While at sea, Barrymore cabled his ideas for the film to Warner Bros., specifically that Svengali "must be funny and get lots of laughs." [7] Warner Bros. initially wanted Evelyn Laye for the role of Trilby. [7] Stories conflict on why Laye was not cast for the role with one being the actress wanted to return to England for a vacation while another story claims that Laye was exhausted from overwork and was in a sanitarium. [7] Slightly before December 25, Warner Bros. hired Marian Marsh for the role of Trilby. [8]

Among the crew was Archie Mayo as the director. [9] The cinematographer is Barney "Chick" McGill, who was Mayo's cameraman on The Doorway to Hell . [9] On January 28, Barrymore fell ill missing four days of shooting. [10]


Svengalii began shooting on Stage 8 at Warner's First National lot in Burbank. [9] The film was shot from January 12 to February 21, 1931. [1] First days Daily Production and Progress Report noted that the script was unfinished, with screenwriter J. Grubb Alexander providing the scenario pieces at a time. [9] [11]

On February 14, the production on Svengali was moved to shooting at Universal City where Warn Bros. rented Universal's Phantom Stage, used originally for The Phantom of the Opera (1925). [12]


Svengali opened in New York City at Warners Hollywood Theatre on May 1, 1931 and in Los Angeles at Warner Hollywood and Downtown Theatres on May 22, 1931. [1] In its first three days in New York, Svengali takes in $17,384 which film historian Gregory William Mank described as "decent money, but hardly sensational." [13] In its first week at the Warners Hollywood Theatre, Svengali earned #30,0002, and in the following week, $25,441. [13] In comparison, the Warner Bros. pictures The Public Enemy earned $63,776 in its first week. [13] The film had large crowds on its opening day in Los Angeles, but otherwise did poor box office. [13] With a budget of $499,000 to produced, the film only made a worldwide rental of $498,000. In comparison, Dracula had $1,200,000 in worldwide rentals. [14]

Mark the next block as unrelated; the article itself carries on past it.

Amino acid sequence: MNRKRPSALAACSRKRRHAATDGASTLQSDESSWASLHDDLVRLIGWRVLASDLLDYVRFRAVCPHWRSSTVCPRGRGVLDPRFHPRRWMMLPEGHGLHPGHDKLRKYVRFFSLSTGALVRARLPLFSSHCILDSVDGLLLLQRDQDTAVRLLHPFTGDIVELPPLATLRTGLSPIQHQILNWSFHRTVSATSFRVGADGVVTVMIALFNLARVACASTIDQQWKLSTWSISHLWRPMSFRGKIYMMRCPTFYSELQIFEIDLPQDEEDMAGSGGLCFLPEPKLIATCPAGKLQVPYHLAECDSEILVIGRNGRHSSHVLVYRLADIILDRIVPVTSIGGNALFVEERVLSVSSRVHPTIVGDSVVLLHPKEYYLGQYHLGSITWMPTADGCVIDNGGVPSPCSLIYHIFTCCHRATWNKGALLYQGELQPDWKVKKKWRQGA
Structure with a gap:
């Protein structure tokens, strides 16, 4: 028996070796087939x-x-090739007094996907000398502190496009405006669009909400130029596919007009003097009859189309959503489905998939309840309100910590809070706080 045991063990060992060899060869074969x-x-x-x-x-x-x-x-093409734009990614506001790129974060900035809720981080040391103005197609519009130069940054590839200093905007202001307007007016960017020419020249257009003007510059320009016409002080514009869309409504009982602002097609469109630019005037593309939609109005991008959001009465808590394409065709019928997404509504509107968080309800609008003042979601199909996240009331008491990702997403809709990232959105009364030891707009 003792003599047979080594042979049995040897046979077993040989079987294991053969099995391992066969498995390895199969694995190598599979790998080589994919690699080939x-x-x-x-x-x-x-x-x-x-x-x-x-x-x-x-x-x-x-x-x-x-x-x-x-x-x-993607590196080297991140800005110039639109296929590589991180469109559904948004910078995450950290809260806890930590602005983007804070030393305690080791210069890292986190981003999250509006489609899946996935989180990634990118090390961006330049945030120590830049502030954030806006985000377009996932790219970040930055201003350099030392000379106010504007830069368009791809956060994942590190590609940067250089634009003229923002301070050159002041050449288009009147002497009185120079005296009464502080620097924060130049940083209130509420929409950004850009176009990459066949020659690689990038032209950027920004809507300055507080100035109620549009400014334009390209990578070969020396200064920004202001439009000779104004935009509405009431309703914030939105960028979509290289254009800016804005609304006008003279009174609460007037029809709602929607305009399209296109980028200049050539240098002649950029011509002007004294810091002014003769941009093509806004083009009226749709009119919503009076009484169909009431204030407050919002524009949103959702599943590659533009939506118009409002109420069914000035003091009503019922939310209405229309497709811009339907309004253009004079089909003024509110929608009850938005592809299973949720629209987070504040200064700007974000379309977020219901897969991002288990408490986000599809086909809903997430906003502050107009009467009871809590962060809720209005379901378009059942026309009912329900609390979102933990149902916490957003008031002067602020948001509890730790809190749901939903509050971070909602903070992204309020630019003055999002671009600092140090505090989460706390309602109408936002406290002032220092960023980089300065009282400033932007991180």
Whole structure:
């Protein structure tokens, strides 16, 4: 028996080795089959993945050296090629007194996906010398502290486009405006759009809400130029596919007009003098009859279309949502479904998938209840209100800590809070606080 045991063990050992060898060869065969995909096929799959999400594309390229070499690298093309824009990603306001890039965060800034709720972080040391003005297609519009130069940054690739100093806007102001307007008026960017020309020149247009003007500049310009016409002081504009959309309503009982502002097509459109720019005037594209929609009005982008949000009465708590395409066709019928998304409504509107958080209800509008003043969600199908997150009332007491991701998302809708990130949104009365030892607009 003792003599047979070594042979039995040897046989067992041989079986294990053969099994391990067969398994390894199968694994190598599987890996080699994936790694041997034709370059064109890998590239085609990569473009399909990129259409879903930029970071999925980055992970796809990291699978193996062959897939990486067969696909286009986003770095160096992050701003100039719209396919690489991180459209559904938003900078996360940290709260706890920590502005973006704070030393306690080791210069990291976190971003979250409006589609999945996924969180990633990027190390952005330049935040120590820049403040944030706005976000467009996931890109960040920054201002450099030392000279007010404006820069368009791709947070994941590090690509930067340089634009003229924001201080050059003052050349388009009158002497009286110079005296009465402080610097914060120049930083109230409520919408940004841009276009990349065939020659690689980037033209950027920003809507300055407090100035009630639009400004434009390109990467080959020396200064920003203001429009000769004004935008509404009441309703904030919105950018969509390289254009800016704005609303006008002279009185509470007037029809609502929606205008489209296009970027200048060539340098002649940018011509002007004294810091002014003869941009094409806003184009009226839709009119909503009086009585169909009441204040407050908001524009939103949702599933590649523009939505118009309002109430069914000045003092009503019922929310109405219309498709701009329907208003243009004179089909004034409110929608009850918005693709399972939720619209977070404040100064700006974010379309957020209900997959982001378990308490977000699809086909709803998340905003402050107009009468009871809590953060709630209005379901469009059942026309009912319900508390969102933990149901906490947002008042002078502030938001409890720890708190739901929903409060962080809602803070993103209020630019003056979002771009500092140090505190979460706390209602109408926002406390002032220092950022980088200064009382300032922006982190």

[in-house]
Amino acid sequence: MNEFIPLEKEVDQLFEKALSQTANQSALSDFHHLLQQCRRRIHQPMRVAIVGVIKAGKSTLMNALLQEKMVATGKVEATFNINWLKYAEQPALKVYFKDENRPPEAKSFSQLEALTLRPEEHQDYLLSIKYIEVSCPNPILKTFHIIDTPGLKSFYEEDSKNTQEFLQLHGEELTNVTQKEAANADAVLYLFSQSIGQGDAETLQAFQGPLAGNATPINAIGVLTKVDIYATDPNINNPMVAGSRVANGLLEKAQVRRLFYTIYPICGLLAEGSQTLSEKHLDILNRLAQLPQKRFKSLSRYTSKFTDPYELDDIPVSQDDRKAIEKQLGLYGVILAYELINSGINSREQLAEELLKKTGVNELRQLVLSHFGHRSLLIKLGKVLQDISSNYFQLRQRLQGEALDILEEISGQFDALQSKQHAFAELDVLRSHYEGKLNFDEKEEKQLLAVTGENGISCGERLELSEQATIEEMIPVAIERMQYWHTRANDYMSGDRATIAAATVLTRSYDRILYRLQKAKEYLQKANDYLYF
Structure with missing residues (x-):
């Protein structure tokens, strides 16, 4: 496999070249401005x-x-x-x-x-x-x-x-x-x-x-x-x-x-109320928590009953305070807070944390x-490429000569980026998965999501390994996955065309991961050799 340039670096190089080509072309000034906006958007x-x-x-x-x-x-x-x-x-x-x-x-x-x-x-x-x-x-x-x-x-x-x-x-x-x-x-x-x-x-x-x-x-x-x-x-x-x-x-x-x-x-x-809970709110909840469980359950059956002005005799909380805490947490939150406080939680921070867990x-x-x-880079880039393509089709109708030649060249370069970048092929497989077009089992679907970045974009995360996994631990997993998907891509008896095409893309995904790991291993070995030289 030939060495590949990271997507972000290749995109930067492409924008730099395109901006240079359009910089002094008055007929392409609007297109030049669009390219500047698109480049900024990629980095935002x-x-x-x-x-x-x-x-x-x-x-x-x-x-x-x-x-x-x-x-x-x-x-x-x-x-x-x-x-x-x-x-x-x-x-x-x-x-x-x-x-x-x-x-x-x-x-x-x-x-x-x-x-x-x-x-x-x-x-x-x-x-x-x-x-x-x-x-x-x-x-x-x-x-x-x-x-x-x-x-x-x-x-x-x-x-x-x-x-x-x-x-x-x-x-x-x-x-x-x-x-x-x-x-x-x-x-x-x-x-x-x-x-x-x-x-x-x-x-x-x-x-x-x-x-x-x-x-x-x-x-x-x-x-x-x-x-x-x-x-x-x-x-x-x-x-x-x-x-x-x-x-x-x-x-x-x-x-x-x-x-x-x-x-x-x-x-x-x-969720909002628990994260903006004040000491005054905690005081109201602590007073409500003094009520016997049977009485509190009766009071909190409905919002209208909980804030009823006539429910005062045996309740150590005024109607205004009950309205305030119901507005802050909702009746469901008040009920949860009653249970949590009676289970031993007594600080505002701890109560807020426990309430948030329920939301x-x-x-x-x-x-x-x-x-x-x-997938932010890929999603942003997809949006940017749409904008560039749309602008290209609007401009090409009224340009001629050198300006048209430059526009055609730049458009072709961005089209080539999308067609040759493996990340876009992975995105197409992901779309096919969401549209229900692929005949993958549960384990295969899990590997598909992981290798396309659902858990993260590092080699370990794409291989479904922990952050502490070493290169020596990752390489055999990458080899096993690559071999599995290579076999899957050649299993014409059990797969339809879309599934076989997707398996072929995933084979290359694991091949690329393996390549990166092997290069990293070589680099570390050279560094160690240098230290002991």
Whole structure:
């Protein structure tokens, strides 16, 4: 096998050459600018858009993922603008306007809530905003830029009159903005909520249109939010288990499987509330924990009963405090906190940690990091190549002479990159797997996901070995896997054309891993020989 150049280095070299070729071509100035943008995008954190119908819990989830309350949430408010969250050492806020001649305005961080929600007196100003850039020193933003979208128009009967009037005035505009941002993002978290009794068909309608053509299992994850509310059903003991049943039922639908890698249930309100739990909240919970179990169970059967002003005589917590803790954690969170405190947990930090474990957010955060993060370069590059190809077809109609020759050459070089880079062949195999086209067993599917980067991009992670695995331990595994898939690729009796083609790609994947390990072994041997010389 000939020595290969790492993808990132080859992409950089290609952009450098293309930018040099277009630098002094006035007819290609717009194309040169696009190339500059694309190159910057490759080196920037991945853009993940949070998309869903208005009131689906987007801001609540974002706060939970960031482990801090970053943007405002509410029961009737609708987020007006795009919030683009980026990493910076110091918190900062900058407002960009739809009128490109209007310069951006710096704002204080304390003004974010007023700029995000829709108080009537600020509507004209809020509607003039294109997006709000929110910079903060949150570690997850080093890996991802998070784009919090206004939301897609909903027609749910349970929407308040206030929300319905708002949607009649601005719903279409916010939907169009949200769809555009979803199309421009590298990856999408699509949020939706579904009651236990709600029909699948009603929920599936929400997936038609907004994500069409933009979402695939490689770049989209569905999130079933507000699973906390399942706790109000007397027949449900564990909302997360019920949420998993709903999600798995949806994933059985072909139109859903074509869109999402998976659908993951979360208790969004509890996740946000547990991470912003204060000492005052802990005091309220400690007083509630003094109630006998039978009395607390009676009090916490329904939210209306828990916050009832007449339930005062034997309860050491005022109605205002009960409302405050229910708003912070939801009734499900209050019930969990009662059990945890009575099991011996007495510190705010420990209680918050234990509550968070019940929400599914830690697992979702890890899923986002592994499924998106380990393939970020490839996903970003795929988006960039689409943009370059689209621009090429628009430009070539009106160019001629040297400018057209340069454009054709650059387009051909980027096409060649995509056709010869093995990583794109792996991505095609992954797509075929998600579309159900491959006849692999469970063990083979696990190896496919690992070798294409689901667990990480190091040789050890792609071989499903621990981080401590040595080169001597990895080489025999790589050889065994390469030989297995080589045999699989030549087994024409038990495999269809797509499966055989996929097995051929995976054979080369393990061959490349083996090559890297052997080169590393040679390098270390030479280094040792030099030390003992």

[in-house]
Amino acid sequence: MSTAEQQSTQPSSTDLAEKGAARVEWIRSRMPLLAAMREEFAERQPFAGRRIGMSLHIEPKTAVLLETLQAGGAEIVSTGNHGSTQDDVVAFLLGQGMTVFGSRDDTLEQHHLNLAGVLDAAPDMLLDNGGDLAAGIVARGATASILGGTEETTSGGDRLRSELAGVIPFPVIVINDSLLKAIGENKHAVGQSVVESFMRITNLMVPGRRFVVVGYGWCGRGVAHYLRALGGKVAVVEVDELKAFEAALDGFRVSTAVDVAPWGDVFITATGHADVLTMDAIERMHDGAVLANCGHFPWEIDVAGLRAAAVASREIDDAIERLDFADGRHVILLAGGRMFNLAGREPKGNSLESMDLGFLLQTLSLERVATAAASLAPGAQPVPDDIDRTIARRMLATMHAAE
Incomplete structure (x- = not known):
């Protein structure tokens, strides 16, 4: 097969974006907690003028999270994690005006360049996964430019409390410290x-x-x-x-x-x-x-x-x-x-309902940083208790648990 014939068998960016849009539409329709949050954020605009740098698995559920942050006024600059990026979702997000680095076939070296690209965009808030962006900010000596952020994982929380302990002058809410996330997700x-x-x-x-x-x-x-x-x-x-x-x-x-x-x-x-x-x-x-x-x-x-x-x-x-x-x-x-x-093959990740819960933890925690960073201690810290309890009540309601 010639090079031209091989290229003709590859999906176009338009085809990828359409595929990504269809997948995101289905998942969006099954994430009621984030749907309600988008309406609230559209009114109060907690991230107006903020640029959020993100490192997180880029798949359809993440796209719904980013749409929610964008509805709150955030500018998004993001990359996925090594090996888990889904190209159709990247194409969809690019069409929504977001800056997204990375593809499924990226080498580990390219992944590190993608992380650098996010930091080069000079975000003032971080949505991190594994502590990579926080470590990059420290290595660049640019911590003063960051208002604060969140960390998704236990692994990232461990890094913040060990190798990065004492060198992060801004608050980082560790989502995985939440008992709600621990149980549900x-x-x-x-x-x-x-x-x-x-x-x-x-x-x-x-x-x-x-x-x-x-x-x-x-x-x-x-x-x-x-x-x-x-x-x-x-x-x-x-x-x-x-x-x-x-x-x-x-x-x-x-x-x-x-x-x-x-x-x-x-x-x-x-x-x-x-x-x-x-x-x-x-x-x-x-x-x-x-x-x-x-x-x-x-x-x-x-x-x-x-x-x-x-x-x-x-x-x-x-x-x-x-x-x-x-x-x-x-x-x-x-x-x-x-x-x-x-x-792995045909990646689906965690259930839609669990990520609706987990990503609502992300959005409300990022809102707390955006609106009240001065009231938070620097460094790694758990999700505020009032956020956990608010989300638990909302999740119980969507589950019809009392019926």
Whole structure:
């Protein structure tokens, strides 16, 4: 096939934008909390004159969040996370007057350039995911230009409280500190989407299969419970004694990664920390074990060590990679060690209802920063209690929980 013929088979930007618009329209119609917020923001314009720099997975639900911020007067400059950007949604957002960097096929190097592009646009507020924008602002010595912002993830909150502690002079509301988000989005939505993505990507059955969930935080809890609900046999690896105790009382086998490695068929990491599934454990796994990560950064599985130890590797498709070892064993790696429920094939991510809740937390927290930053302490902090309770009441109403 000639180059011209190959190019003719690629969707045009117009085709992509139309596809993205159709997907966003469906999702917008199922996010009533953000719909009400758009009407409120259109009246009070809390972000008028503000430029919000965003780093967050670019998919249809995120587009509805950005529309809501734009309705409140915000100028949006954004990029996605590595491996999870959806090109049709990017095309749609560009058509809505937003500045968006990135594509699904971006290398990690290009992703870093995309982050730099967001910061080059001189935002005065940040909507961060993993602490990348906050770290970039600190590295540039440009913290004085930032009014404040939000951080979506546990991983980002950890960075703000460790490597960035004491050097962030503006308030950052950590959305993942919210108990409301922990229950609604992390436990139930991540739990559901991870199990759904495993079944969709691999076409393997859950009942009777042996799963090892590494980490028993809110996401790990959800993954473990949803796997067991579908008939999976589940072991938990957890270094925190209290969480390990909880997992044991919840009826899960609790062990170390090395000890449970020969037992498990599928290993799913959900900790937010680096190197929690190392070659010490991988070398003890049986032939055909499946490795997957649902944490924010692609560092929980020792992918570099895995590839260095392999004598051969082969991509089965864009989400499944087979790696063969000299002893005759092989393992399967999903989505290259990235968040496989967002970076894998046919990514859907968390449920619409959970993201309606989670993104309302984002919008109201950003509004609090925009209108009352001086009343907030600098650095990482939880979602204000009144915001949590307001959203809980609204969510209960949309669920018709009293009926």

Film Daily in Hollywood discussed the film following its New York premiere stating that the film was a "creeping, intense, human and at times believable" noting that John Barrymore was "brilliant" in the role and the production was "elaborate, the cast splendid, and the background kept with the feline atmosphere of the story." [15] The New York Times film critic Mordaunt Hall also praised Barrymore's Svengali stating that his performance "surpasses anything he has done for the screen, including the motion pictures of Stevenson's Dr. Jekyll and Mr. Hyde and Clyde Fitch's Beau Brummel ." [15] Variety critiqued the film, noting that Barrymore "takes care of everything. So much that they won't go away remembering much of anybody or anything else [...] Barrymore's hypnotic powers are interesting until getting a look at Miss Marsh under an unbecoming wig. After which a lot of people will figure it's a waste of expert concentration." [13] The Los Angeles Times critic Edwin Schallert praised the film as a "classic rvived" with Barrymore marked by "its excellent irony and sinister interest [...] smoother, quieter, with a diminishing of the forced and somewhat self-sonscious style" [13]

Cinematographer McGill and set designer Anton Grot received nomination at the Academy Awards for their work in Svengali. [9] The film lost to Floyd Crosby for Paramount's Tabu and Max Ree for Cimarron resepctively. [16]

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  1. 1 2 3 4 5 6 7 8 9 Mank 2014, p. 65.
  2. 1 2 "Svengali (1931)". American Film Institute . Retrieved December 24, 2020.
  4. 1 2 3 Grant 2015, p. 69.
  5. 1 2 Mank 2014, p. 32.
  6. 1 2 3 4 Mank 2014, p. 33.
  7. 1 2 3 Mank 2014, p. 34.
  8. Mank 2014, p. 35.
  9. 1 2 3 4 5 Mank 2014, p. 37.
  10. Mank 2014, p. 40.
  11. Mank 2014, p. 42.
  12. Mank 2014, p. 43.
  13. 1 2 3 4 5 6 Mank 2014, p. 57.
  14. Mank 2014, p. 59.
  15. 1 2 Mank 2014, p. 56.
  16. Mank 2014, p. 60.